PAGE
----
They called on MPs to shut down the possibility of a no-deal Brexit and come up with a clear EU exit plan.
The City UK, the finance industry body, said leaving without a deal “would be an own goal of historic proportions”.
The government is set to publish more details of its no-deal plans on Wednesday, including trade tariffs and Irish border proposals.
CBI director-general Carolyn Fairbairn said the extension of the Brexit process “should be as short as realistically possible and backed by a clear plan”.
“It’s time for Parliament to stop this circus,” she added.
Stephen Phipson, chief executive of manufacturers’ group Make UK, said: “It is now essential that Parliament brings the curtain down on this farce and removes the risk of no deal.
“That outcome would be disastrous for the UK manufacturing, jeopardising many thousands of jobs in every constituency in the land.”
The government is set to publish more details of its no-deal plans, including tariff rates, on Wednesday.
Last week, reports suggested that should the UK leave the EU with no deal in place, the UK government might cut trade tariffs on between 80% and 90% of goods.
And on Tuesday, Theresa May said that no-deal plans for the Irish border would be released on Wednesday.
Helen Dickinson, chief executive of the British Retail Consortium, said the public would be hit by no-deal Brexit in the form of tariffs, non-tariff barriers and currency depreciation.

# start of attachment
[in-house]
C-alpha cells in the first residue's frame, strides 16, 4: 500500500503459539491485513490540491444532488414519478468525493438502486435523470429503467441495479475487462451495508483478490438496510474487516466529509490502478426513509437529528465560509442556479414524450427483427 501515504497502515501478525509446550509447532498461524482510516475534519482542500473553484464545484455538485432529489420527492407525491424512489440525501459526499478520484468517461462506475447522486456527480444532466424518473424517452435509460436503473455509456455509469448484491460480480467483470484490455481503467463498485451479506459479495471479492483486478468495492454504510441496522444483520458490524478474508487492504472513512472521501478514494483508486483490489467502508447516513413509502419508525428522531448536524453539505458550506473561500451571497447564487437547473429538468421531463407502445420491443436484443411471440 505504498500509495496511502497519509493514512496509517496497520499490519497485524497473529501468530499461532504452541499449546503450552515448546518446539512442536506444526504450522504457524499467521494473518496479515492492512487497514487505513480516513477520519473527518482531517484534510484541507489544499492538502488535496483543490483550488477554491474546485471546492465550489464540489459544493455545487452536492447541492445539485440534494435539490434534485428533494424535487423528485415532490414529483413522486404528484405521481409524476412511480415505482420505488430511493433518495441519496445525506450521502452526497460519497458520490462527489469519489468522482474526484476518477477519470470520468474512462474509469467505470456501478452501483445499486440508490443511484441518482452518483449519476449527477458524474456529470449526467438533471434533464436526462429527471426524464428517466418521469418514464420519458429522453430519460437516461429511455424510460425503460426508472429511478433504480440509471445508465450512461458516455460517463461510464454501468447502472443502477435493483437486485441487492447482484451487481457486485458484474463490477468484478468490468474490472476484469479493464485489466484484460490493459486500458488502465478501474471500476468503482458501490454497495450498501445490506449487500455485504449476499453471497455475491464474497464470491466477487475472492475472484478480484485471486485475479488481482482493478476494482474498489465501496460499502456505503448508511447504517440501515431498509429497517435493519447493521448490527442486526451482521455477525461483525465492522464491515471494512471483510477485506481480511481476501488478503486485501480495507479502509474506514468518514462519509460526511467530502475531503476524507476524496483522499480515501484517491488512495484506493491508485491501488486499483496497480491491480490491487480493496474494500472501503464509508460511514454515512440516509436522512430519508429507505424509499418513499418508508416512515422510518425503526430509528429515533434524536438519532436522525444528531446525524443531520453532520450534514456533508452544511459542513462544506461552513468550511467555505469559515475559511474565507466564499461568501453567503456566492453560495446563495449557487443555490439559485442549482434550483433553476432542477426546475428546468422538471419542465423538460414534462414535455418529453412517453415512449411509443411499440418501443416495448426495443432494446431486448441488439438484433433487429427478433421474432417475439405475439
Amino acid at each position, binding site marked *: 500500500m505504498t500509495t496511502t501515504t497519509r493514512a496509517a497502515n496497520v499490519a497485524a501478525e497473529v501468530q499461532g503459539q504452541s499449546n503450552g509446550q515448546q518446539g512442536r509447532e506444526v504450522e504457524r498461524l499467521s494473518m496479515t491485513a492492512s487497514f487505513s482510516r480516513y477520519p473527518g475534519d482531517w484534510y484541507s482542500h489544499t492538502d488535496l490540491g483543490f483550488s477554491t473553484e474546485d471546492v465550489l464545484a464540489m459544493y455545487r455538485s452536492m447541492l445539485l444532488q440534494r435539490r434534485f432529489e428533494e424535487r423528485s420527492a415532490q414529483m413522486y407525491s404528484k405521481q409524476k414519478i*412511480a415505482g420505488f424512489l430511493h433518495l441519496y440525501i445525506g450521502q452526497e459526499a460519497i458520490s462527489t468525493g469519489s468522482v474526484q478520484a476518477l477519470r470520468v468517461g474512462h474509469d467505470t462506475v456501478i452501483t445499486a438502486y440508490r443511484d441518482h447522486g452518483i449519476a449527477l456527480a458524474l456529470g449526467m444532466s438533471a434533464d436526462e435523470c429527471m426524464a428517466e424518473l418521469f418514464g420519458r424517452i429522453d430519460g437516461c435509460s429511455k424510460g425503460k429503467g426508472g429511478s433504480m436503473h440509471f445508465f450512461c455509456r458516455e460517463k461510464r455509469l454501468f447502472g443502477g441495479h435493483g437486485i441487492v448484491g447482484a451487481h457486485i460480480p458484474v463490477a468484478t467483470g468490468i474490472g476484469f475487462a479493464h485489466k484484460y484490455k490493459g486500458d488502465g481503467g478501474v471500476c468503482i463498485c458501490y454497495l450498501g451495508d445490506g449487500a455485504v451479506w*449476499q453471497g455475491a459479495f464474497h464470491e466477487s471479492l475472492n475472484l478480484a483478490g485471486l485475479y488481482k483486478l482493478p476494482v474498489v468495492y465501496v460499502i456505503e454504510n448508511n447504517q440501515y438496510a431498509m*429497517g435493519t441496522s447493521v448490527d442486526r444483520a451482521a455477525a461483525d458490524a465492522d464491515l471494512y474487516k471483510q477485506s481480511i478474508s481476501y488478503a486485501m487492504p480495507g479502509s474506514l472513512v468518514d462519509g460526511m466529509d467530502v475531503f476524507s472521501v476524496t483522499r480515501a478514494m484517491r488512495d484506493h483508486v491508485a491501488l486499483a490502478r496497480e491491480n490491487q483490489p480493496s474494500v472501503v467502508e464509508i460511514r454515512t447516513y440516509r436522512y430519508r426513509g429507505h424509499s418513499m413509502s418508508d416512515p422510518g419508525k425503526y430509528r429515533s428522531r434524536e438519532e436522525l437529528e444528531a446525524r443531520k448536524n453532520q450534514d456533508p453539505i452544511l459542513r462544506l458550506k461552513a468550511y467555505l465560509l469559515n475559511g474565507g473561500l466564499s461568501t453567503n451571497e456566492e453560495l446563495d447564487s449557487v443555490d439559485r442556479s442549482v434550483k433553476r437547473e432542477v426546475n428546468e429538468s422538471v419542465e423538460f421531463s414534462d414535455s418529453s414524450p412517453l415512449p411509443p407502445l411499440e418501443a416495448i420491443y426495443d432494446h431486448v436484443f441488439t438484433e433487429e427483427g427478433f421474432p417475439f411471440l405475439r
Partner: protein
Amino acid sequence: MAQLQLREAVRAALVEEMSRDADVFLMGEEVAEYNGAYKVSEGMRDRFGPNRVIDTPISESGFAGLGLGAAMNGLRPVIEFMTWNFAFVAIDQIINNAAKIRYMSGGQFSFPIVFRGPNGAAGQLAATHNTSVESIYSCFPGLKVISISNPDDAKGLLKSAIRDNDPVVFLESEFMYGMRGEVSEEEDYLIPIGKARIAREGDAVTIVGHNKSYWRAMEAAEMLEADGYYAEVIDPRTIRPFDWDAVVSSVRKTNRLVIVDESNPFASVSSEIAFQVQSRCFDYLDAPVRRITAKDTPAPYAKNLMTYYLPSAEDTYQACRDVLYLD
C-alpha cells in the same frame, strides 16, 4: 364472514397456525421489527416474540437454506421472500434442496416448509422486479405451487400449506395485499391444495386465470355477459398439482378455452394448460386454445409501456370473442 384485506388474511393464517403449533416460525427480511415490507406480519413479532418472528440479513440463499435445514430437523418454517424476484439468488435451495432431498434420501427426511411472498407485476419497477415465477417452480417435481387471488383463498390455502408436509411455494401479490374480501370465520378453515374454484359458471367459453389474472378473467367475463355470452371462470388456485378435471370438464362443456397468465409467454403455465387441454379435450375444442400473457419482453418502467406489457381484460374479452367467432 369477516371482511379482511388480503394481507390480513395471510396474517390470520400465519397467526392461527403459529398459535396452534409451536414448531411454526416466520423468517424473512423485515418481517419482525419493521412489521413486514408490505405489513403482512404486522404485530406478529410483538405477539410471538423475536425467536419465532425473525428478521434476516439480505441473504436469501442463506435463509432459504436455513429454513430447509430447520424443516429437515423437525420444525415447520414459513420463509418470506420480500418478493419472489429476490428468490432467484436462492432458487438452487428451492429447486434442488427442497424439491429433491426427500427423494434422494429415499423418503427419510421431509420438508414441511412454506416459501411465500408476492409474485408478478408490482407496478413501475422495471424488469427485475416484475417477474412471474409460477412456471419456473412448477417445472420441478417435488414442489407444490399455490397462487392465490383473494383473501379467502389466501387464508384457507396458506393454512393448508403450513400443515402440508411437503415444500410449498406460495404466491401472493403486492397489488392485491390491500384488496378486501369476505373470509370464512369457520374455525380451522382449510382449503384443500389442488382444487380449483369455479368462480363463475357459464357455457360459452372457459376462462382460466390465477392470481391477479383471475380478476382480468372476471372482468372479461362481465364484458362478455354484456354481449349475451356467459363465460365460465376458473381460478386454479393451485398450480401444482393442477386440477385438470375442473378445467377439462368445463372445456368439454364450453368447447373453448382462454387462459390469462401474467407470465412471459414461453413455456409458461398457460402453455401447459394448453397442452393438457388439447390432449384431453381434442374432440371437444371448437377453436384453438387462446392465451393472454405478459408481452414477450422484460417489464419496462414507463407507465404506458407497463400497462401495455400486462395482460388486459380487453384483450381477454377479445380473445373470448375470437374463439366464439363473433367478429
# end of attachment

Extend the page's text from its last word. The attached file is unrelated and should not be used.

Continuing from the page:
These would “all push up costs and reduce the choice on the shelves we currently enjoy,” she said.
She added that businesses are “exasperated by the lack of clarity over their future trading arrangements”.
“Hundreds of ships are currently sailing towards Britain without a clear understanding of the tariffs, checks, or documentation requirements, they will face when they arrive,” she said.
Mike Hawes, chief executive of car industry body the SMMT, said the vote to reject Mrs May’s deal “leaves us perilously close to the ‘cliff edge’.”
“No-deal would be catastrophic for the automotive industry,” he said.
“It would end frictionless trade, add billions to the cost of manufacturing and cost jobs.
“UK automotive businesses will be put at immediate risk. Parliament must reject no-deal and take it permanently off the table,” he added.
The pound was volatile ahead of the Commons vote on Tuesday, sinking after the government’s senior law officer said the legal risk of the UK being tied to EU rules after Brexit remained unchanged.
It regained some ground after the vote, but settled lower.
Andrew Wilson, Europe, Middle East and Africa chief executive of Goldman Sachs Asset Management, said:
“We expect the British pound, which has reversed last night’s strength over the course of the day, to weaken further amid prolonged uncertainty.
“That said, ruling out of a ‘no-deal’ Brexit could provide some support for the currency,” he added.
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